Family safaris in South Africa are perfect for everyone. The country offers a lot of family-friendly lodges and activities. The roads are excellent and most of the country is malaria-free.
Should you prefer the freedom to see the wildlife at your own pace, many parks allow self-driving. Addo Elephant National Park and Kruger National Park are your best bets.
Not sure which national park to choose for your safari? Read our guide to South Africa’s top national parks.
See Dolphins and Whales during an Ocean Safari
Photo credit: Bernard DUPONT via Flickr
Ditch the land and hop on the boat to see amazing animals during an ocean safari in South Africa. You may be able to spot penguins, dolphins, and whales.
Whales are mostly seen from July to November, while dolphins are seen from December to March.
Most often you get a choice between morning and a sunset cruise. If you suffer from motion sickness, it’s always best to choose the morning cruise.
Visit The Boulders Beach Penguin Colony
Located just outside Cape Town is Boulders Beach, home to a colony of African penguins, which settled here back in 1982. Although right in the middle of a residential area, this is one of the few places where you can observe these endangered penguins at close range, in their natural habitat.
The Boulders Beach is the most popular place where you can see them, but for best views head to Foxy Beach, where the newly constructed boardwalks allow you to see them from a very short distance.
Hike To The Top of Table Mountain
One of the most iconic landmarks in the country, Table Mountain is also one of the most popular places to visit in South Africa. Visitors can either take the cableway to the plateau or hike on one of the many available trails.
Platteklip Gorge Trail is the most direct and popular trail. It’s 2km / 1.24 mi and can be done in 1 hour if you are fit. However, it’s in direct sun and can get really hot mid-day. Plus, it’s crowded.
The easy way up is on the 12 Apostles Trail. It’s 6km/ 3.7 mi long and takes about 4-5 hours to get to the summit. You don’t need to be super fit to tackle it and it’s less crowded than the other trails.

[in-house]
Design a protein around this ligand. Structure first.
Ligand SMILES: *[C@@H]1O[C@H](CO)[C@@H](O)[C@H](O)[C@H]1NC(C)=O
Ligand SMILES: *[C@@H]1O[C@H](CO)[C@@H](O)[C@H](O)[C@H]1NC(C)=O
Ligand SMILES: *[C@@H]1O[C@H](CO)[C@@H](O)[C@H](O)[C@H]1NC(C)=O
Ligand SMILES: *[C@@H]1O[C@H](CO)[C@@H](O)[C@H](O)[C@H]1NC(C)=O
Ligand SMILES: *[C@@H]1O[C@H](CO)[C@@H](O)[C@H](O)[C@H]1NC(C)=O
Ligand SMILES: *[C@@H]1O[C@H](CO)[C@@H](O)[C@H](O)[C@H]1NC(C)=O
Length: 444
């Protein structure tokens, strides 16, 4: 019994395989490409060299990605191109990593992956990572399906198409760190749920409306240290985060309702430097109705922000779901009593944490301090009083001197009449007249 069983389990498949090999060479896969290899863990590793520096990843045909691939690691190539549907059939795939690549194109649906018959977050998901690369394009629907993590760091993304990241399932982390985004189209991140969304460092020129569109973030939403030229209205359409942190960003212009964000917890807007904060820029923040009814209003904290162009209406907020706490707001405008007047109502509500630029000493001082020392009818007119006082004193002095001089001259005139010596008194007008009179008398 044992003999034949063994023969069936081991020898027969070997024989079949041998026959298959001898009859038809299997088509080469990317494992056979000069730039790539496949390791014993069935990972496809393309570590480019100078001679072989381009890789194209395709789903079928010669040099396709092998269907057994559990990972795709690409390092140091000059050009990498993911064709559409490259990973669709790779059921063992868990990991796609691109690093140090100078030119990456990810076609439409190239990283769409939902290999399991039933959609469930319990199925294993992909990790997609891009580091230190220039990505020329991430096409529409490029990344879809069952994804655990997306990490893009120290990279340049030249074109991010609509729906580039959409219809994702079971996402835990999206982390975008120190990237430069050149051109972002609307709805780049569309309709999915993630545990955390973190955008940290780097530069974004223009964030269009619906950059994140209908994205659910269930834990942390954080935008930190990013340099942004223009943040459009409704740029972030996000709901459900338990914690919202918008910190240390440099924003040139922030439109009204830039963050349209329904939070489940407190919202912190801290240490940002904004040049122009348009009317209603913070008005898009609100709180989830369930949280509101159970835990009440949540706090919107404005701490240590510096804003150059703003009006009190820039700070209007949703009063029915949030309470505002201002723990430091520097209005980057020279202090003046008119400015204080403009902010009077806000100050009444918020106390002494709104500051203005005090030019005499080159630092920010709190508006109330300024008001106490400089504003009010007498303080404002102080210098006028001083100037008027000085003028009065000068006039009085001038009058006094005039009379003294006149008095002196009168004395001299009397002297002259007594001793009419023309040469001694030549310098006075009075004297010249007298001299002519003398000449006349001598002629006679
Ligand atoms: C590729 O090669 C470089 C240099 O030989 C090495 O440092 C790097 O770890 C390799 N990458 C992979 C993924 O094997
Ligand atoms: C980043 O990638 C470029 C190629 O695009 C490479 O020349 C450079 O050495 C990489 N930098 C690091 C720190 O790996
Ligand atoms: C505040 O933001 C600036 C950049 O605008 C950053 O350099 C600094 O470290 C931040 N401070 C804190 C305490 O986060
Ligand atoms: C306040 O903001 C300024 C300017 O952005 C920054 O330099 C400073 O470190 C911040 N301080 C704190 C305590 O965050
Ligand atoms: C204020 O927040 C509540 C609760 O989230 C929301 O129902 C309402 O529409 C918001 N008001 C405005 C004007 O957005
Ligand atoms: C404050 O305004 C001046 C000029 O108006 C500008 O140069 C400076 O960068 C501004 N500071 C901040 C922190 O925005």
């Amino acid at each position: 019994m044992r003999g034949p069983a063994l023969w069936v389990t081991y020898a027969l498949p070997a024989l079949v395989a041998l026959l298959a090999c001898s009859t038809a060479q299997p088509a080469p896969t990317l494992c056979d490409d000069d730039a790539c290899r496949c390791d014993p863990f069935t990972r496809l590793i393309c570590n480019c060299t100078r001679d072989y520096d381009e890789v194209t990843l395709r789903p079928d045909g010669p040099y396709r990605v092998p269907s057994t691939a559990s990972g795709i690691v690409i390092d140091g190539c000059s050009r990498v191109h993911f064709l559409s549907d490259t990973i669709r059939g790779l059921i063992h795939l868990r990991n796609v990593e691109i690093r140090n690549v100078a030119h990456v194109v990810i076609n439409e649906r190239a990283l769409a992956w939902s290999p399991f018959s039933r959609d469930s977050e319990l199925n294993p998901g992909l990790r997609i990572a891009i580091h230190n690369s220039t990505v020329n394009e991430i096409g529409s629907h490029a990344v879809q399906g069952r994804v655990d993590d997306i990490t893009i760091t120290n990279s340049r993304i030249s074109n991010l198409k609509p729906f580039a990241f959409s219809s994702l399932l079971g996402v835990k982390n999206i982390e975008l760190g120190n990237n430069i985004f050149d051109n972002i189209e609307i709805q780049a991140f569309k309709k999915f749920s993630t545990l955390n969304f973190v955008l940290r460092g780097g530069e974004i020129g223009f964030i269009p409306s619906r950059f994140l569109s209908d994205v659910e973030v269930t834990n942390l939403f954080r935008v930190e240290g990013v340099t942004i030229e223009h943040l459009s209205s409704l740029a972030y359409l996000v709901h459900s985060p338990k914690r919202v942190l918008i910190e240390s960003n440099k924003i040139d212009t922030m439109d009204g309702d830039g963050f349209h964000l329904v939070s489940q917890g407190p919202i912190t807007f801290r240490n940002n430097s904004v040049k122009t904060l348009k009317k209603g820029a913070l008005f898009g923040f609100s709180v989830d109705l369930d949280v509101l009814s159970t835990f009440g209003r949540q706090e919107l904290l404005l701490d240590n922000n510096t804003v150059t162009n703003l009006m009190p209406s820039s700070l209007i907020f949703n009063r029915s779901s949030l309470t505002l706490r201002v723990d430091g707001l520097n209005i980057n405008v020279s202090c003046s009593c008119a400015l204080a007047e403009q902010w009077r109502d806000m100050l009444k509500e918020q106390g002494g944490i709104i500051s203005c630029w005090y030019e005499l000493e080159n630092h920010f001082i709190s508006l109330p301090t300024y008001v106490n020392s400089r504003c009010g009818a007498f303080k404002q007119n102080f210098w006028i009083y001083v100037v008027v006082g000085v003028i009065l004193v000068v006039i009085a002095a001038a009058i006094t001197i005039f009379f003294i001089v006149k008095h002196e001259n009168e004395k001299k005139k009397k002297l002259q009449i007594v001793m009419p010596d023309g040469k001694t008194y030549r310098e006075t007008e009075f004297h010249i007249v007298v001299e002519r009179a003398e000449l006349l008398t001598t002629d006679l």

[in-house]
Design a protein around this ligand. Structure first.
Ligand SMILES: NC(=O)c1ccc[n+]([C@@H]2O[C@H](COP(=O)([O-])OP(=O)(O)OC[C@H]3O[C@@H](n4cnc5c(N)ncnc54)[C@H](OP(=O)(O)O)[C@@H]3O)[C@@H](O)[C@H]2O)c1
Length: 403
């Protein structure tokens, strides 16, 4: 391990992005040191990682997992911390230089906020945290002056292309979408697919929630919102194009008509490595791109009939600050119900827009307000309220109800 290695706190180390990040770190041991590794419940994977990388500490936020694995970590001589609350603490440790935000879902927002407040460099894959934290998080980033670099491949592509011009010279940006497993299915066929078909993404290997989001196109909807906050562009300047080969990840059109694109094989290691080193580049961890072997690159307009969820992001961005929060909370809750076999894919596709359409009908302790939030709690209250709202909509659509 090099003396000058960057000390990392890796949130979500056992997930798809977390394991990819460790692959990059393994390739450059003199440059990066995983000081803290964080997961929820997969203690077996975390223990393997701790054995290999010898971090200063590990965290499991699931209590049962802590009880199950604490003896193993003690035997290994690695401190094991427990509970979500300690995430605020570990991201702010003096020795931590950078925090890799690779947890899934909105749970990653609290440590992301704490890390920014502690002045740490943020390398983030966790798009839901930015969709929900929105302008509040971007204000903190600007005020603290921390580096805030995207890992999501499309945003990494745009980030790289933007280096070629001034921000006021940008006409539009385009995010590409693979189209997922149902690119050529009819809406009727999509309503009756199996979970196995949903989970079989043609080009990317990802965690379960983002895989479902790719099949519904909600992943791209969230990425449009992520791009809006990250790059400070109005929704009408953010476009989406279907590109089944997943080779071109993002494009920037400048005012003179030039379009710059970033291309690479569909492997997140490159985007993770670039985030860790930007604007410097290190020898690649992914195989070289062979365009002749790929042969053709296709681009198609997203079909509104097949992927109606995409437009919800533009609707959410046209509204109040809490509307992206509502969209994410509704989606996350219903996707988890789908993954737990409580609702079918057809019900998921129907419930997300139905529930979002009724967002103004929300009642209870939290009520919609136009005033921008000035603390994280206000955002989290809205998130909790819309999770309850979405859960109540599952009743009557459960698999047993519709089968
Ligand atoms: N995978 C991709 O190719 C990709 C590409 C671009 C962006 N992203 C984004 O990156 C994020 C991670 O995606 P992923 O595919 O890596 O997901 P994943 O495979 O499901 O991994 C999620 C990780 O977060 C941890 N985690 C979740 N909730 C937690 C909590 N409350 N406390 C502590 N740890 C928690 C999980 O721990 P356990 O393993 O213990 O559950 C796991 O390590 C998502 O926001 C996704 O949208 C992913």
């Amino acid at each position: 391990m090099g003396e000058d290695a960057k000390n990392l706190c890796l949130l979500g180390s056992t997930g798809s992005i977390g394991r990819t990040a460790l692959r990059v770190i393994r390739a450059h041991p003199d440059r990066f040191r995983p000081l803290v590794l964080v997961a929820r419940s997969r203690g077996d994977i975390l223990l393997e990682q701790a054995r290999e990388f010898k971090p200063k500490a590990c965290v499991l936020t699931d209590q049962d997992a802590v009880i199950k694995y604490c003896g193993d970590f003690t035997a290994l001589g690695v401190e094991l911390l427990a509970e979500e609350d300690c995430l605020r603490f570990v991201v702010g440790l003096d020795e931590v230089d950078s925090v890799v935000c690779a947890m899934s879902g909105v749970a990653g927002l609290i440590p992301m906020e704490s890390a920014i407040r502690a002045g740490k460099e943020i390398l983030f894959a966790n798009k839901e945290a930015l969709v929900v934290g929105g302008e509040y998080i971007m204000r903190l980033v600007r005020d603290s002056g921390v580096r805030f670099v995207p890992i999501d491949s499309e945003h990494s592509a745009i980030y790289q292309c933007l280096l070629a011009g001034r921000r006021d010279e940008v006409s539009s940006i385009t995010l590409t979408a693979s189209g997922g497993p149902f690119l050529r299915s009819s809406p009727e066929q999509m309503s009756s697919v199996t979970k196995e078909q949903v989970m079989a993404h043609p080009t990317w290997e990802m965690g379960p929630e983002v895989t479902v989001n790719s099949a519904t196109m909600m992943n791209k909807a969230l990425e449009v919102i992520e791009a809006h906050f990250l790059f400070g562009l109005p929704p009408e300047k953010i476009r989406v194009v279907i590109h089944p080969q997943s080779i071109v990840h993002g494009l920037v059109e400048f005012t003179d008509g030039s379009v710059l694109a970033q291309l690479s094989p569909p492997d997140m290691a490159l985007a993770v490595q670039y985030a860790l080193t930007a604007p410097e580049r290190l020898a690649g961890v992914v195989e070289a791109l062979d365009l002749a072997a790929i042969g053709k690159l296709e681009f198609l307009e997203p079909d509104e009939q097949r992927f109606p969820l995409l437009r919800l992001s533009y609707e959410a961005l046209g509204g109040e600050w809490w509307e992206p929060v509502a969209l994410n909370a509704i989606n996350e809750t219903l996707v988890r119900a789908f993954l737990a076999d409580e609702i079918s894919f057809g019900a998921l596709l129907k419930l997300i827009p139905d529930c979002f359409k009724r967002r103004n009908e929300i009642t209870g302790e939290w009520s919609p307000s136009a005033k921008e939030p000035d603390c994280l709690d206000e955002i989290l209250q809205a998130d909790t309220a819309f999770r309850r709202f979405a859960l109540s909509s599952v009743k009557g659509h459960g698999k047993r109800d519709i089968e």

See the Big Five in One of the Oldest National Reserves in South Africa
Photo credit: Bernard Gagnon
While Sabie Game Reserve (which later became Kruger National Park) was proclaimed a park in 1898, around the same time (1895), Hluhluwe & Imfolozi Park, formerly known as Hluhluwe & Imfolozi Game Reserve, also became one of the country’s first national reserves. Thanks to the dedication of Mr H Vaughan Kirby, a game conservation officer, the rhinos left in the area were given absolute protection.
The reserve is a lot smaller than Kruger, spanning only on 960 sq km / 370.6 sq mi and is known for its rich wildlife and conservation efforts. Wildlife ACT’s main focus in the park includes monitoring the African wild dogs, lions, elephants, and rhinos. The wildlife is monitored with camera traps.
The park is home to all of the members of the famed Big Five and you can also spot other animals here, such as hippos, Nile crocodiles, cheetahs, zebras, elands, kudus, baboons, and monkeys.
Surf at Jeffreys Bay
Jeffreys Bay is the best surfing destination in South Africa consistently ranking in the world’s top 10. This legendary wave hosts the annual J-Bay Open, an event on the World Surf League (WSL), which sees the world’s best pro surfers fighting for the title.
While the best conditions can be found during the Southern Hemisphere winter, between May and September, beginners should only attempt this one in summer, between November and March, when the waves are not as powerful. Luckily, some surf camps are open year-round.
Go Whale Watching
The best time to go on a whale watching tour in South Africa is between June and November, when you have chances to see the southern right whale along the Cape south coast.
If you don’t feel like taking a safari, then you can just drive to Hermanus from Cape Town, sit on a bench overlooking the beach and try to spot the whales! The 12 km/7.5mi cliff path is an amazing choice for those who want to keep the whale watching on…solid ground.
Are you planning to visit South Africa sometime soon? Then why not book a safari in South Africa and enjoy exploring a fascinating country teaming with nature and wildlife.